On behalf of the Society for Group Psychology and Group Psychotherapy (Division 49 of the American Psychological Association) I endorse this Group Psychology and Group Psychotherapy Specialty Petition in the strongest possible terms. Increasingly, group work is playing an important role in the delivery of health and mental health care in a variety of organizations. Many settings (health care, education, counseling, workplaces) rely on group work to deliver effective and timely interventions, including psychoeducation and psychotherapy. The evidence is mounting that group psychotherapy works for a variety of disorders, it is as effective as individual therapy, and so it is cost effective. In 2017 alone there were 17 meta-analyses of group work, group factors, or group psychotherapy. Despite this evidence, it would be a mistake to assume that a practitioner who is solely trained as an individual therapist, for example, can effectively transfer their skills to a group setting. There is important overlap between knowledge of individuals and knowledge of groups, such as the role of individual psychopathology in treatment, for example. However, it is well known that groups have unique properties that diverge significantly from individual contexts. The multiple interaction networks that develop between individuals over time represent emergent properties of groups that impact outcomes, and these emergent properties cannot be predicted from knowing about the individuals alone. And so practitioners require specific skills and knowledge to manage the complexities that come with group work. These complexities are now reflected in and studied in the research literature. Novel methods of multilevel statistical modeling, for example, are opening up venues of new knowledge and scholarship about the unique functioning of groups, the impact of the group on the individual, the multiple levels of interactions that occur, and the specific skills required by a group leader to make the most of groups and their interactional properties. Lack of knowledge, expertise, and training in group psychology and in group psychotherapy could result in negative outcomes for clients and antitherapeutic events for social groups. And so it is imperative that this specialty designation is successful in order that public who seek or require the input of group psychologists receive the best possible of evidence-based care. This specialty designation will go a long way to ensure that trainees, therapists, practitioners, supervisors, training programs, the public, and funding partners are appropriately aware of the unique properties and effects of groups, and the skills and professional training required to lead groups.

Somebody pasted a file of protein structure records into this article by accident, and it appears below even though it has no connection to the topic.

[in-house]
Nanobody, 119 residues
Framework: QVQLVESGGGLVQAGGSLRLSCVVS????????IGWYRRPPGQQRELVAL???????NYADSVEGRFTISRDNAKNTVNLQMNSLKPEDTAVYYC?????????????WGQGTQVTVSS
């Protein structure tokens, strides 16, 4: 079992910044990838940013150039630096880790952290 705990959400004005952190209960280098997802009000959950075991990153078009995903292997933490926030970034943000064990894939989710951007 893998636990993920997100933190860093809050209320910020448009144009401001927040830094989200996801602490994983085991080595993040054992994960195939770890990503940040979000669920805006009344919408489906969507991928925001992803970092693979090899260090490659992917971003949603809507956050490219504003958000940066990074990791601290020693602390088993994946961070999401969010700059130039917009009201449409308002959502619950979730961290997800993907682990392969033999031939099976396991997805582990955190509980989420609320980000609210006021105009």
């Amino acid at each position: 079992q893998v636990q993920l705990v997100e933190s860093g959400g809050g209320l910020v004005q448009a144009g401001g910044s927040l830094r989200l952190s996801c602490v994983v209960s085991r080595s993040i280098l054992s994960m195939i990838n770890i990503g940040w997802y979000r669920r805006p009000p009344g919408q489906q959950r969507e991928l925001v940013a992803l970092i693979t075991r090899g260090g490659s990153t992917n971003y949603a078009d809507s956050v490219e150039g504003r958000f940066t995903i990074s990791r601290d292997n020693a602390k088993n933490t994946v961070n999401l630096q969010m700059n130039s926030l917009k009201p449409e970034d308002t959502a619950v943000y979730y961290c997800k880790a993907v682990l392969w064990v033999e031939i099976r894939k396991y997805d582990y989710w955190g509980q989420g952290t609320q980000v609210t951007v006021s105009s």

The role of language, particularly how we use language to teach children about emotions, was recently featured in the New York Times Family section (https://www.nytimes.com/2017/06/15/well/family/talking-to-boys-the-way-we-talk-to-girls.html?smid=fb-nytimes). This struck a chord with me when thinking about several adult male clients (ranging from 20s to 50s) that I see for individual therapy, both who I am preparing for going into an interpersonal process group. These clients struggle to express their emotions. We’ve explored what norms and expectations were set by their parents regarding feelings and what’s “appropriate”. Now, as adults, they struggle tremendously with vulnerability; intellectually they know it’s a path towards connection, yet emotionally the fear and aversion to it is immense. Becoming a member of a psychotherapy group is one way I’m hoping they can have new experiences of what it’s like to witness and share their own vulnerabilities. We know group therapy is a way to have corrective emotional experiences, and what are more powerful corrective experiences than those dealing with emotional vulnerability?